Travel Guide: the Incredible Natural Landscapes in the U.S.A. (Part 1)

The Earth’s natural features – timeless in their slow progression, yet shocking in the suddenness with which they can change – enforce our awareness of the fleeting and fragile quality of human endeavor.  We can but marvel at the beauty and power of great mountains, volcanoes, deserts, canyons and caves, and the ingenious fitness of plant and animal life to survive in them.

In the U.S.A., there are twelve of such incredible natural landscapes.  This article presents the first six, listed in alphabetical order:

1. Blue Ridge Mountains.  The Appalachian range runs for more than 1,200 miles (1,930 kilometers) from Quebec in Canada southwest to Alabama.  The Blue Ridge Mountains make up some 650 miles (1,050 kilometers) of this mountain chain, beginning in southern Pennsylvania and running through Maryland, Virginia and North Carolina to Georgia.  The range is noted for its wooded scenery and includes two outstanding national parks – Great Smoky Mountains National Park on the Tennessee-North Carolina state border and Shenandoah National Park in Virginia.

2. Bryce Canyon.  A network of ravines, running for 20 miles (32 kilometers) along the eastern edge of Paunsaugunt Plateau, makes up Bryce Canyon in southern Utah.  The ravines were formed by erosion, which carved the plateau into thousands of rock towers, columns, and spires.  The shales, sandstone, and limestone of the plateau are rich in minerals – iron compounds, copper, and manganese – which contribute to the array of colors, from fiery red, through orange to deep purple, seen in the geological formations.  Today the canyon is preserved as a national park.

3. Canyonlands National Park.  A wilderness area, situated at the confluence of the Colorado and Green rivers in Utah, constitutes Canyonlands National Park.  The rivers have carved two deep gorges into the red sandstone, and action by water and wind has created spectacular landforms, including mesas, spines, and arches varying between 3,600 feet (1,100 meters) and almost 7,000 feet (2,100 meters) high.  Near the water, cottonwood and similar plants are found, and in the rainy season, from May to August, many wildflowers bloom, among them the Sego lily.  There is a wide variety of birds and other animals, including a herd of desert bighorn sheep indigenous to the area.  Many ancient native American rock paintings decorate the walls of Horseshoe Canyon.  The park was established in 1964 and covers 527 sq. miles (1,365 sq. kilometers).

4. Carlsbad Caverns National Park.  A fabulously decorated system of underground chambers, Carlsbad Caverns lie beneath the arid Guadalupe Mountains of New Mexico.  The caves also contain one of the largest colonies of bats in the world:  11 species make their homes here, including western pipistrelle, pallid, lump-nosed, fringed myotis, and Mexican free-tailed bats.  Not all the caves have been explored, but those that have form a labyrinth some 23 miles (37 kilometers) in length.  The Big Room (14 acres/5.6 hectares) is the biggest chamber in the U.S.A.; the deepest of the major caverns lies at 1,013 feet (309 meters).  There is also an underground lake in which the water remains fresh because it does not support any life forms.  As an entity, the caverns contain a matchless array of spectacular limestone formations:  stalagmites, stalactites and the rarer epsomite needles, soda straws, cave pearls, and lily pads.  In 1923, the Carlsbad Caverns became a national monument, and in 1930 they were designated a national park covering an area of 73 sq. miles (189 sq. kilometers).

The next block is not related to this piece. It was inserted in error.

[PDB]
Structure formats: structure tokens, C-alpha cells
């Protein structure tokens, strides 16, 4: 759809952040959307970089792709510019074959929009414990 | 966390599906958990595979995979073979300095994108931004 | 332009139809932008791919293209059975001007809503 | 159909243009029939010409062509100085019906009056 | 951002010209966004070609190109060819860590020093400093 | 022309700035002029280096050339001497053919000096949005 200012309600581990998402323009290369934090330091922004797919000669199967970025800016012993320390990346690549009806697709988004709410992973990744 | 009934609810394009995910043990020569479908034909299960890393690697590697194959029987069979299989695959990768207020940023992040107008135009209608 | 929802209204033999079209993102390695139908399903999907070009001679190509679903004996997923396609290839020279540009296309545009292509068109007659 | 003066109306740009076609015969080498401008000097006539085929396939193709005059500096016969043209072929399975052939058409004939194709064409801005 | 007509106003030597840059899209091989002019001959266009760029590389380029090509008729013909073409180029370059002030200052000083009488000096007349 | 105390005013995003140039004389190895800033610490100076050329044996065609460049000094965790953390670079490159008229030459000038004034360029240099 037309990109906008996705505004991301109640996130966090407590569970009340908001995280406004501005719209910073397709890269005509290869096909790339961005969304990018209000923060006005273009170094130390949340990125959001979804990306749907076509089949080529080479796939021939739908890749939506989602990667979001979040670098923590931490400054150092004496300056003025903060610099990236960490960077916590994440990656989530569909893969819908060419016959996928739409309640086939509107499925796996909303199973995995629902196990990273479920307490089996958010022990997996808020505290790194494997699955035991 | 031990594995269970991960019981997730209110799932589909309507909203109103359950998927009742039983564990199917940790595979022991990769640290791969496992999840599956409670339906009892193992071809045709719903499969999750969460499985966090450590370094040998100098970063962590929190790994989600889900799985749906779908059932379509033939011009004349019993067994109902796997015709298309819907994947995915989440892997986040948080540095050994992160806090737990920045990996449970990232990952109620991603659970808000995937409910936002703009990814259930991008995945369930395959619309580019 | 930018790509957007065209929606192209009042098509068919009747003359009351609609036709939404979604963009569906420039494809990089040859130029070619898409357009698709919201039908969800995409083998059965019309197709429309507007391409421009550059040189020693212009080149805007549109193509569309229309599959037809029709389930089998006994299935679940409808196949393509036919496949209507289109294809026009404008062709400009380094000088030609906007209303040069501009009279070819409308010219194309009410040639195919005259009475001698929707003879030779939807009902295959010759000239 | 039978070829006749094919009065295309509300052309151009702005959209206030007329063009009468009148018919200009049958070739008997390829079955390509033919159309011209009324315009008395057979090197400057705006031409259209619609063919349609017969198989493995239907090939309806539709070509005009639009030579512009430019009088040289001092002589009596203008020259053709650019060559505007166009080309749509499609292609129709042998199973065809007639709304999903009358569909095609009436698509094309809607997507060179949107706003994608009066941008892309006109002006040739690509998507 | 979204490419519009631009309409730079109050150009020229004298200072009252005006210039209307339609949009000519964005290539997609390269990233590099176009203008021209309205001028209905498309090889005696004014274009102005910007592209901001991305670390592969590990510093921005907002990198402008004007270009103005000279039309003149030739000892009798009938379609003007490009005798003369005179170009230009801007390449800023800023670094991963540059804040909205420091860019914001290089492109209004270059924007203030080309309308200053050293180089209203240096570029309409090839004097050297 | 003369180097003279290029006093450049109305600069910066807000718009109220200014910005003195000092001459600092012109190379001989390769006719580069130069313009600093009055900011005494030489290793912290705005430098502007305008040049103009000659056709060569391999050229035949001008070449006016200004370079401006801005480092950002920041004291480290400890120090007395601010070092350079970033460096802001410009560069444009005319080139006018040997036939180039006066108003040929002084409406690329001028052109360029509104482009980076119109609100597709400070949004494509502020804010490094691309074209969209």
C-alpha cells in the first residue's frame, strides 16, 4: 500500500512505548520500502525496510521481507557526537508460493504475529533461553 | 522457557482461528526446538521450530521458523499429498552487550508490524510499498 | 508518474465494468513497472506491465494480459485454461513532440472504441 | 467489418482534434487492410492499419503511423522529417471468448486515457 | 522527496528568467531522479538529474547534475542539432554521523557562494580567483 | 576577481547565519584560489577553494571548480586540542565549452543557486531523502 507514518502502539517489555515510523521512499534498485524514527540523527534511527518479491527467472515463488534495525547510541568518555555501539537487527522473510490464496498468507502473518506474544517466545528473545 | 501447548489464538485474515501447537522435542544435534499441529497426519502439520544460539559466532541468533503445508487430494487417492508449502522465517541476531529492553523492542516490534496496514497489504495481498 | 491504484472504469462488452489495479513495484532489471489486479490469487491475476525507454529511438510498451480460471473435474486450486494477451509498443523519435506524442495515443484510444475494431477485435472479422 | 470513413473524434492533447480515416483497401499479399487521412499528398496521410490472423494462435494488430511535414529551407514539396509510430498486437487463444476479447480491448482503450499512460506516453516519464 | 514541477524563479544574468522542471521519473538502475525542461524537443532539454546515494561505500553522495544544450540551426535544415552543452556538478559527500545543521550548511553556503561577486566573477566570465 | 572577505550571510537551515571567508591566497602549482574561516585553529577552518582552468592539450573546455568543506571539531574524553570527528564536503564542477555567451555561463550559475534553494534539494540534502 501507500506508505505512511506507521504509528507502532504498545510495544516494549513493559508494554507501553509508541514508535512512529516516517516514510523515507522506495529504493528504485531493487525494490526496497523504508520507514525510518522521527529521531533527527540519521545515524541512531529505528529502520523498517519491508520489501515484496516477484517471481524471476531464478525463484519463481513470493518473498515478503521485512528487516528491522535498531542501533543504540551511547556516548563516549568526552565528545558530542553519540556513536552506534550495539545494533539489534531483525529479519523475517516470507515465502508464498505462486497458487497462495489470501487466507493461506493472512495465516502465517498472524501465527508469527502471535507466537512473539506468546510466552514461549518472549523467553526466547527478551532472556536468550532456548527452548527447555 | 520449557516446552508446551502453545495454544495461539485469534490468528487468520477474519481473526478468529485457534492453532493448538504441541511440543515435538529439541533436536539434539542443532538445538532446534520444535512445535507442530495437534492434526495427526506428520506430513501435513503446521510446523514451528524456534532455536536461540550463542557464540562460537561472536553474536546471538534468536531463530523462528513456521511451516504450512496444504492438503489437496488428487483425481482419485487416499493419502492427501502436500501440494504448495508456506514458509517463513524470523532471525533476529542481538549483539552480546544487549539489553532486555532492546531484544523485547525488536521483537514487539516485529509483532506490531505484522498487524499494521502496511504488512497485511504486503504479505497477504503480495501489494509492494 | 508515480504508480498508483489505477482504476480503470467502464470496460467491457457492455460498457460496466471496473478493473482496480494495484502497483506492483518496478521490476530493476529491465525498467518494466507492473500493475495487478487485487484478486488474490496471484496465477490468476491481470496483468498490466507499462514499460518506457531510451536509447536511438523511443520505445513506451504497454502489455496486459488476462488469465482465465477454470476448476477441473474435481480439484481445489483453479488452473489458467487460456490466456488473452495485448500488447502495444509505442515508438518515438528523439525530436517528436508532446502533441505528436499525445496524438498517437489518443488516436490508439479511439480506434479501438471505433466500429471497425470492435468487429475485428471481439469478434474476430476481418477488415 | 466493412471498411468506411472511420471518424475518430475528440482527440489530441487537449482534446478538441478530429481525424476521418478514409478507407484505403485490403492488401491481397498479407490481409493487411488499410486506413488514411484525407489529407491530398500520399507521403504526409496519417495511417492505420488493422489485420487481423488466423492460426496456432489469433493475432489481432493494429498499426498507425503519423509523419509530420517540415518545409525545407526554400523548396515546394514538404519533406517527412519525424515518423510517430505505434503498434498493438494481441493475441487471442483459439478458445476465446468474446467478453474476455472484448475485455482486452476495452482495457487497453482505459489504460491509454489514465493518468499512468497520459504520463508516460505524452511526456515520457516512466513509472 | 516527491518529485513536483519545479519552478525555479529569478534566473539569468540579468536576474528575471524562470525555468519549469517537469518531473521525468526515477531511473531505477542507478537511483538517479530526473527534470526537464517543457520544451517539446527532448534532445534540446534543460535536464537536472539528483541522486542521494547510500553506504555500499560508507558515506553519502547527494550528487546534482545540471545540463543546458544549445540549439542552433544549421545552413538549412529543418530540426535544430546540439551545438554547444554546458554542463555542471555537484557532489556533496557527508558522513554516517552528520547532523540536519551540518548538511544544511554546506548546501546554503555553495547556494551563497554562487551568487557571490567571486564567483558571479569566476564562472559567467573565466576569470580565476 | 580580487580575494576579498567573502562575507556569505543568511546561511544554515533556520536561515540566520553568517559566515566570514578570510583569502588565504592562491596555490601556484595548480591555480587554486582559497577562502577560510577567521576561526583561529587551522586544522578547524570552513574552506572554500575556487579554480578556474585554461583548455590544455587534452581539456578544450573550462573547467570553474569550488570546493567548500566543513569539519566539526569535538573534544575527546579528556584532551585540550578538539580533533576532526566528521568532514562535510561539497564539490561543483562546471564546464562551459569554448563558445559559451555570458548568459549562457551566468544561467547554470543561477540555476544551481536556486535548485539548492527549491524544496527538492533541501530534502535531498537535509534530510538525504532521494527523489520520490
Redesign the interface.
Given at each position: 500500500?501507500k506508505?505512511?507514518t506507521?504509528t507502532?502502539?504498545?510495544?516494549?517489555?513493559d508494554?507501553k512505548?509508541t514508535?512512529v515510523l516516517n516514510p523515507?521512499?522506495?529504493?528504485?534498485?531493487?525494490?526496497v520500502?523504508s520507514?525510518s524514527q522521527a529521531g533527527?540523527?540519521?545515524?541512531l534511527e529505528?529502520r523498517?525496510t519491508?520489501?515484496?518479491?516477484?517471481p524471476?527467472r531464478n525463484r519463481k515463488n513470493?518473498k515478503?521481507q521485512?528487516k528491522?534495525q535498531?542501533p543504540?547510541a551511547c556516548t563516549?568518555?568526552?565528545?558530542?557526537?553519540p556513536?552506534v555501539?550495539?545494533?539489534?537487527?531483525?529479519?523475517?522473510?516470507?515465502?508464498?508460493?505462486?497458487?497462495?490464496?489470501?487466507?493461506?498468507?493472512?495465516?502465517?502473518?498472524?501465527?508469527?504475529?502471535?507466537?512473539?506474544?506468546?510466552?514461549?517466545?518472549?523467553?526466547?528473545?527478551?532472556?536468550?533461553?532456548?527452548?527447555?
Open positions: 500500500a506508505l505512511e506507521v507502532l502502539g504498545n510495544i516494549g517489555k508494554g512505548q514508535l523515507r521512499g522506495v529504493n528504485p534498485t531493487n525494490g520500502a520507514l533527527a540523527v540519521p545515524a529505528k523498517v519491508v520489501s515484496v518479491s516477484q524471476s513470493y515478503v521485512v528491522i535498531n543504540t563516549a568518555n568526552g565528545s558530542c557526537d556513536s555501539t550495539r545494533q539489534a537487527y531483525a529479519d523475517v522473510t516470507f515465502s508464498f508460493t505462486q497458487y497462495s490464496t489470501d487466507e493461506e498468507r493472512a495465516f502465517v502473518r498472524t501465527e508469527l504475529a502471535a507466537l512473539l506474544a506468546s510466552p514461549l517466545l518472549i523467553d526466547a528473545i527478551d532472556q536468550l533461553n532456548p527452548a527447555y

5. Devils Tower.  The monolith known as Devils Tower is an excellent example of a volcanic intrusion that has been exposed by erosion.  It is 865 feet (263 meters) high, and its base is 1,000 feet (305 meters) in diameter.  It is faced with fluted columns and has a flat top 275 feet (85 meters) across, so the whole structure resembles a giant tree stump.  This rock tower, situated in north-eastern Wyoming, near the Belle Fourche River, was declared a national monument in the U.S.A.

6. Great Basin National Park.  A nature reserve 120 sq. miles (310 sq. kilometers) in area, Great Basin National Park was established in 1986.  It occupies a region of great scenic beauty in the old Humboldt National Forest of Nevada.  The mountainous landscape comprises the forested slopes of the southern Snake Mountains; the highest point, Wheeler Peak (13,063 feet/3,982 meters), is covered with ice and snow even in summer.  On its eastern slopes are the Lehman Caves, a national monument since 1922.  Spectacular stalagmites and stalactites adorn the network of tunnels and galleries, inside which prehistoric native American artefacts and burial sites have been found.

The second part of this article, listing the rest of the U.S.A.’s spectacular landscapes, is coming up next.